Scenario / Questions

In our corporate environment long ago some wiz decided to put the user “mysql” into LDAP.

The account is disabled:

$ sudo su - mysql
This account is currently not available.

…but it’s id still exists:

$ id mysql
uid=2050913(mysql) gid=867(ENG) groups=867(ENG)

This makes mariadb installations fail on CentOS7 because /var/run/mariadb is created by a tmpfile rule which tries to assign the directory to be owned by mysql. But mysql doesn’t exist until LDAP/networking is up and running, and the mariadb install doesn’t create the mysql user because the user already exists in ldap.

Is there a way to locally force PAM (or something?) to ignore the user mysql in LDAP? Or rename the ldap mysql user to mysql_ldap?

Is my only workaround to manually add the entry in /etc/passwd? (Or change the mariadb config to use different username.) I’d rather have minimal changes to the config and systemd files that come from the rpm.

(And I don’t have high hopes of removing mysql from LDAP as that could break a lot of legacy infrastructure.)

I’ll be using ansible, btw, to implement the change.

Additional:

I’ve changed the title of the question:

I have found that if I do add the local “mysql” user that it works ok, unless I have files owned by the userid of the LDAP “mysql” user. If I ls -la the files, it then pollutes the nscd (or sssd) cache and “mysql” again resolves to the LDAP user. It seems what I really want is to somehow construct a PAM filter for accounts to make this LDAP “mysql” user disappear.

Find below all possible solutions or suggestions for the above questions..

Suggestion: 1

Here’s my final solution, coded in ansible:

- name: Disable ldap users                                                  
  ini_file: dest=/etc/sssd/sssd.conf section='nss' 
            option=filter_users value={{ filter_ldap_users | join(",") }}
  register: sssd_conf_users                                                   

- name: Disable ldap groups                                                 
  ini_file: dest=/etc/sssd/sssd.conf section='nss' 
            option=filter_groups value={{ filter_ldap_groups | join(",") }}
  register: sssd_conf_groups                                                  

- name: Restart SSSD                                                        
  when: sssd_conf_users.changed or sssd_conf_groups.changed                   
  service: name=sssd state=restarted                                          

- name: Flush NSCD cache                                                    
  when: sssd_conf_users.changed or sssd_conf_groups.changed                   
  shell: "for db in /var/db/nscd/*; do nscd -i $(basename $db); done"         

- name: Flush SSSD cache                                                     
  when: sssd_conf_users.changed or sssd_conf_groups.changed                   
  command: /usr/sbin/sss_cache -E        

Suggestion: 2

On PAM level:
All you need is to ignore a user in LDAP. So, set up the particular LDAP client you’re using, In CentOS it would be sssd, to use a custom LDAP UID/GID lookup fileters which will ignore the “mysql” record. On an existing system you will have to then clean sssd cache and restart it and the user will be gone. Reinstallation of mariadb will then create a local mysql user.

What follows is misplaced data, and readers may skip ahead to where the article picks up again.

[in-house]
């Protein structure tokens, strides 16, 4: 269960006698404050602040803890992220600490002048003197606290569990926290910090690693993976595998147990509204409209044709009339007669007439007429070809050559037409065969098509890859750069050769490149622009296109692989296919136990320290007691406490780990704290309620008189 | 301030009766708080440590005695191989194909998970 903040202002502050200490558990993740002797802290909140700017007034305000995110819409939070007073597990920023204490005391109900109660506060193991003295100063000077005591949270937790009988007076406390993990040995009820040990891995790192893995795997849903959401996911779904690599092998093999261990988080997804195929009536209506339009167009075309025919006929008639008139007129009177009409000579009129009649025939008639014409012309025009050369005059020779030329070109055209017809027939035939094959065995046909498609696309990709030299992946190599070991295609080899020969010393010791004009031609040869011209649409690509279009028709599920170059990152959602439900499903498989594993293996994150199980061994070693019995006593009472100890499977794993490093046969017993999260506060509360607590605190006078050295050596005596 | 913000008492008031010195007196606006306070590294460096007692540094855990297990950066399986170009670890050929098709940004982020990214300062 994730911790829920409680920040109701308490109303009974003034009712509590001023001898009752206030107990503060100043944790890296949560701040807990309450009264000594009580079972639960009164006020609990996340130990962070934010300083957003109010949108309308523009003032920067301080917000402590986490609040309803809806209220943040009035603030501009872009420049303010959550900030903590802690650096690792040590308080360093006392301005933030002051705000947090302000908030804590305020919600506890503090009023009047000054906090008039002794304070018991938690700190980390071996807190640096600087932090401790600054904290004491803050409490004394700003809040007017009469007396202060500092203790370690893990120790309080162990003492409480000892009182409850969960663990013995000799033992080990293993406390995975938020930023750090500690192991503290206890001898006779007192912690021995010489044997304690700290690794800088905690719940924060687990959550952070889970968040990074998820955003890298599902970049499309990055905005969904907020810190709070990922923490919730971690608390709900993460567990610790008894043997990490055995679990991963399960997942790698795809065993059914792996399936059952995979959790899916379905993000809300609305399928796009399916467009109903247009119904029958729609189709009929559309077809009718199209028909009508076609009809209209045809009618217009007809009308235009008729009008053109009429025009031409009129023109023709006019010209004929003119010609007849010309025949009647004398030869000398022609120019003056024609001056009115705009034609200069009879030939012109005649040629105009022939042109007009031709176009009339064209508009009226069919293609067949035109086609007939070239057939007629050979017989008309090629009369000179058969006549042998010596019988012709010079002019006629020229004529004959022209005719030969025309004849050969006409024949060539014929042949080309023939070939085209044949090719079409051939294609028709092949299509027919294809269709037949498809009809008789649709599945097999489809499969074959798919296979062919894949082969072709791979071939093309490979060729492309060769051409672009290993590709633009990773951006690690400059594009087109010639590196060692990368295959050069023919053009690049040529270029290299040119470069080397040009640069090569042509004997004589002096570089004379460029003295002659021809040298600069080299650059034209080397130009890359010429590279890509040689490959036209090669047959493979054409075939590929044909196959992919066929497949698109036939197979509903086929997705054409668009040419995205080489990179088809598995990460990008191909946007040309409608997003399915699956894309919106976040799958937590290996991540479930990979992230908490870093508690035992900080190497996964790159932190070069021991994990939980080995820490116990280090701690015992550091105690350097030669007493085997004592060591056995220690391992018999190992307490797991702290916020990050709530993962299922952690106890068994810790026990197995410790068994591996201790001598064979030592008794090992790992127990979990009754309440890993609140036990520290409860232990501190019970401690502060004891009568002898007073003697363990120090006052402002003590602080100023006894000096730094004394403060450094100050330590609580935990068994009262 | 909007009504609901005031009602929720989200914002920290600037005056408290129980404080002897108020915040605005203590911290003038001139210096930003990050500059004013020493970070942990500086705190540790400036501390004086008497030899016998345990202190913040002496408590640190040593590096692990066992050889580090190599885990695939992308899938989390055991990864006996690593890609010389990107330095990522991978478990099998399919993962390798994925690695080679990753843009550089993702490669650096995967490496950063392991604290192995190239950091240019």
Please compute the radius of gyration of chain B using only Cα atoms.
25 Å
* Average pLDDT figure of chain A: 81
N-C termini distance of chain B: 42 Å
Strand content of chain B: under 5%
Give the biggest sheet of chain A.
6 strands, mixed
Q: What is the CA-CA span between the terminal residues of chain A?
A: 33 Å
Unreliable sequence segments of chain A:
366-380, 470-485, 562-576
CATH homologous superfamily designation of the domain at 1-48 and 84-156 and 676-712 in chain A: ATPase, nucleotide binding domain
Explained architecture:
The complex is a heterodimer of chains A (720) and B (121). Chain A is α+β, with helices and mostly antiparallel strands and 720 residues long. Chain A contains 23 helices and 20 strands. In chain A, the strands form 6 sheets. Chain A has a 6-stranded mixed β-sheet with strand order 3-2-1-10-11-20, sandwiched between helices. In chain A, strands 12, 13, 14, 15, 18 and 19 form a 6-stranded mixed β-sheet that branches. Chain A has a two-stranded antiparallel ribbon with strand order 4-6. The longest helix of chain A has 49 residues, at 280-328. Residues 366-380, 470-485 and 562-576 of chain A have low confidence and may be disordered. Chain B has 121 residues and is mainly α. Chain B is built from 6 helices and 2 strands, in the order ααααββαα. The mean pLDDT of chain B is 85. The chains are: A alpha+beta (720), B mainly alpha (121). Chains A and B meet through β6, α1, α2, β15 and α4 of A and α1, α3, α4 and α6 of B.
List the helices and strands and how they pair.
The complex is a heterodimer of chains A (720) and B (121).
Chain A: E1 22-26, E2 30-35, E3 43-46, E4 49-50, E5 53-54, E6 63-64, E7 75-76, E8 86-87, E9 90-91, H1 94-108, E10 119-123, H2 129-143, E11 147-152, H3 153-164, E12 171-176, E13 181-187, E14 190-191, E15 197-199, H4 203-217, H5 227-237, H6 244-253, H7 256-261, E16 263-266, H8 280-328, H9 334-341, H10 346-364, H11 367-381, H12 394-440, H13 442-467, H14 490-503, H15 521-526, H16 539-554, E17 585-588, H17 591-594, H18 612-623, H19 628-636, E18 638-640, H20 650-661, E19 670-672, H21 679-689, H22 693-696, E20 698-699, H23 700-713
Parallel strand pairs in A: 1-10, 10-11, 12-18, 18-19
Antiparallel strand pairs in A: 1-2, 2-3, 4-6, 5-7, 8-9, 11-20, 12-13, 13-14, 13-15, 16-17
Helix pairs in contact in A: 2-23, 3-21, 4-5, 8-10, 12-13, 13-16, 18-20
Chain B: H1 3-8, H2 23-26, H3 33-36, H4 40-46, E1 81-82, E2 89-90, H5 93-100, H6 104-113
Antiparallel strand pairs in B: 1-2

On package level:

Set up a custom Yum repo somewhere on the network that will include a package that contains a post-install script, fixing the mysql user problem. You’ll also have to put the mariadb package in that repo. Then, define a package group which will include that package and mariadb and install it.
Alternatively, you could rebuild the mariaDB package with an updated, more intelligent post-install script that will take care of the mysql user creation.

I’d go with A – B is somewhat obfuscated 🙂

Suggestion: 3

Here’s something I’m using currently as a workaround. I’ve added this to my kickstart file to run at %post — before I enable/setup LDAP:

# Install and de-install mariadb-server to create mysql
# user before LDAP is enabled.
yum -d1 -e1 -y install yum-plugin-remove-with-leaves mariadb-server
yum -d1 -e1 -y erase mariadb-server --remove-leaves

I was going to run the useradd manually from having read the mariadb-server spec file: http://pkgs.fedoraproject.org/cgit/mariadb.git/tree/mariadb.spec

%pre server
/usr/sbin/groupadd -g 27 -o -r mysql >/dev/null 2>&1 || :
/usr/sbin/useradd -M -N -g mysql -o -r -d %{mysqluserhome} -s /sbin/nologin \
  -c "MySQL Server" -u 27 mysql >/dev/null 2>&1 || :

…but I’m more comfortable taking it straight from installing the rpm.

I’m not completely satisfied with this as well because if I happen to find a file with the ldap “mysql” userid, the reverse lookup on the user id pollutes nscd or sssd with the wrong “mysql” user.

Suggestion: 4

I would actually suggest to add:

filter_users = mysql
filter_groups = mysql

To the [nss] section of sssd.conf instead of customizing the LDAP filter. It should do the same thing, except that when you use the LDAP filter way, the searches still hit the LDAP server, just don’t match.

In contrast, the filter_users/filter_groups would enter the mysql user into the negative cache of SSSD, which would return “Not found” directly from the NSS responder, without going to the sssd_be process and the LDAP server.

Suggestion: 5

If all you want to do is not resolve ldap users. Edit /etc/nsswitch.conf and for the user & group entries remove sssd (or ldap) entries. Then flush the nscd cache